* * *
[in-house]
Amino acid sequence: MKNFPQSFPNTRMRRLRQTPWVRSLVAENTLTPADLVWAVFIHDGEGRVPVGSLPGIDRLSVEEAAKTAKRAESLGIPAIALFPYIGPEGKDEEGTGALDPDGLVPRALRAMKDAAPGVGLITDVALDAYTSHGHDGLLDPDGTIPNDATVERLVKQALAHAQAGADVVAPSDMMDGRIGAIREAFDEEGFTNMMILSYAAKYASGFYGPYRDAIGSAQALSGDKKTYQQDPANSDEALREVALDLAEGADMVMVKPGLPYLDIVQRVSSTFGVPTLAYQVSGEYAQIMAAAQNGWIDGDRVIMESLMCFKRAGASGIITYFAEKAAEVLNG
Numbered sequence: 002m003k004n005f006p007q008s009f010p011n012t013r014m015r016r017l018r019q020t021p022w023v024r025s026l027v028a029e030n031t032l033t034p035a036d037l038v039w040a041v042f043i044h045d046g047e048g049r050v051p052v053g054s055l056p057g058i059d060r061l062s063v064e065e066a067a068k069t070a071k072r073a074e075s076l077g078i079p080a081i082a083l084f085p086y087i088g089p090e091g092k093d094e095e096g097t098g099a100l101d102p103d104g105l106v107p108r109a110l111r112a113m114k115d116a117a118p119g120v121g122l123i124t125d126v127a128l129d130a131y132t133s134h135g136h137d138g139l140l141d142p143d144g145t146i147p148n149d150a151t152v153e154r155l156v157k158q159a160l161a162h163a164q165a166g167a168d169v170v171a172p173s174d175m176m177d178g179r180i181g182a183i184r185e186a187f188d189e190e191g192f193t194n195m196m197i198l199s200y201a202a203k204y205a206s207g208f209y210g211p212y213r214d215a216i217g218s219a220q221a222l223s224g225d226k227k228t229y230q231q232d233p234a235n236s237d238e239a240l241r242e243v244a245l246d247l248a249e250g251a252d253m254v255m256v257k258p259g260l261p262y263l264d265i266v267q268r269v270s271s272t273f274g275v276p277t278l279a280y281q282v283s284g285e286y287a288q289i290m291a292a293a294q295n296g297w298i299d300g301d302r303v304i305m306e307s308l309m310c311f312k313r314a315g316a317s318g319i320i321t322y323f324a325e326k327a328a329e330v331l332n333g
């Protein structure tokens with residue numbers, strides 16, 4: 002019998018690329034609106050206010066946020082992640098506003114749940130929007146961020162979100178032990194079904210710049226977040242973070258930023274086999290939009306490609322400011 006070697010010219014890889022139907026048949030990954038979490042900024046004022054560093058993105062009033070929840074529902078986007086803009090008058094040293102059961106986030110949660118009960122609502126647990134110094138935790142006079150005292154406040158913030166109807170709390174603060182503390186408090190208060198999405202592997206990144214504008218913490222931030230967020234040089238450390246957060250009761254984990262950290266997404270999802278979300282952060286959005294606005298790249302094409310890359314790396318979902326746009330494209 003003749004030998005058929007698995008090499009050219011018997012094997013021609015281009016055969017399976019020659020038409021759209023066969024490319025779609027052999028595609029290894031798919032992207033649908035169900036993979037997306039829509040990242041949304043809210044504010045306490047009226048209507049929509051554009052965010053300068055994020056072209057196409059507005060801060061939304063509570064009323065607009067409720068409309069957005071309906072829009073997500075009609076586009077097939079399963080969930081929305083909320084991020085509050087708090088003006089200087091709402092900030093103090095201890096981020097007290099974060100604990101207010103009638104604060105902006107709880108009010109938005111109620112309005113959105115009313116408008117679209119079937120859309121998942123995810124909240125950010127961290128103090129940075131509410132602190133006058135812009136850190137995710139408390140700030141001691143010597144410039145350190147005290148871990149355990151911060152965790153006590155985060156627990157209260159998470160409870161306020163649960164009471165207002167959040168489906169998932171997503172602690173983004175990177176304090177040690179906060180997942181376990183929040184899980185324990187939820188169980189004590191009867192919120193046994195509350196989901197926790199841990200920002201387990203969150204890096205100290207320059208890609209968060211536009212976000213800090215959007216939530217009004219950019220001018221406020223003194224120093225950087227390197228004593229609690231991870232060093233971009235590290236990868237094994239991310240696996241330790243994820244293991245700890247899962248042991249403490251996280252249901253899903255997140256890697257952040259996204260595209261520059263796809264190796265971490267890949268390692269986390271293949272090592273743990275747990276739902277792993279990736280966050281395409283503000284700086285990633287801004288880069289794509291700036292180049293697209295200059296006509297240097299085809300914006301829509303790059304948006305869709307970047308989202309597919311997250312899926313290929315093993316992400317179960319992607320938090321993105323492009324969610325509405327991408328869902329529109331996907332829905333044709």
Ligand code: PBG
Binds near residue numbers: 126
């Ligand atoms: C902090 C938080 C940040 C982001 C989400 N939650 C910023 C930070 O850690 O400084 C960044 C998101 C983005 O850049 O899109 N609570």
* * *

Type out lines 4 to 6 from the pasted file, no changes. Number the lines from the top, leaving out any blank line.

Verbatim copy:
């Protein structure tokens with residue numbers, strides 16, 4: 002019998018690329034609106050206010066946020082992640098506003114749940130929007146961020162979100178032990194079904210710049226977040242973070258930023274086999290939009306490609322400011 006070697010010219014890889022139907026048949030990954038979490042900024046004022054560093058993105062009033070929840074529902078986007086803009090008058094040293102059961106986030110949660118009960122609502126647990134110094138935790142006079150005292154406040158913030166109807170709390174603060182503390186408090190208060198999405202592997206990144214504008218913490222931030230967020234040089238450390246957060250009761254984990262950290266997404270999802278979300282952060286959005294606005298790249302094409310890359314790396318979902326746009330494209 003003749004030998005058929007698995008090499009050219011018997012094997013021609015281009016055969017399976019020659020038409021759209023066969024490319025779609027052999028595609029290894031798919032992207033649908035169900036993979037997306039829509040990242041949304043809210044504010045306490047009226048209507049929509051554009052965010053300068055994020056072209057196409059507005060801060061939304063509570064009323065607009067409720068409309069957005071309906072829009073997500075009609076586009077097939079399963080969930081929305083909320084991020085509050087708090088003006089200087091709402092900030093103090095201890096981020097007290099974060100604990101207010103009638104604060105902006107709880108009010109938005111109620112309005113959105115009313116408008117679209119079937120859309121998942123995810124909240125950010127961290128103090129940075131509410132602190133006058135812009136850190137995710139408390140700030141001691143010597144410039145350190147005290148871990149355990151911060152965790153006590155985060156627990157209260159998470160409870161306020163649960164009471165207002167959040168489906169998932171997503172602690173983004175990177176304090177040690179906060180997942181376990183929040184899980185324990187939820188169980189004590191009867192919120193046994195509350196989901197926790199841990200920002201387990203969150204890096205100290207320059208890609209968060211536009212976000213800090215959007216939530217009004219950019220001018221406020223003194224120093225950087227390197228004593229609690231991870232060093233971009235590290236990868237094994239991310240696996241330790243994820244293991245700890247899962248042991249403490251996280252249901253899903255997140256890697257952040259996204260595209261520059263796809264190796265971490267890949268390692269986390271293949272090592273743990275747990276739902277792993279990736280966050281395409283503000284700086285990633287801004288880069289794509291700036292180049293697209295200059296006509297240097299085809300914006301829509303790059304948006305869709307970047308989202309597919311997250312899926313290929315093993316992400317179960319992607320938090321993105323492009324969610325509405327991408328869902329529109331996907332829905333044709």
Ligand code: PBG
Binds near residue numbers: 126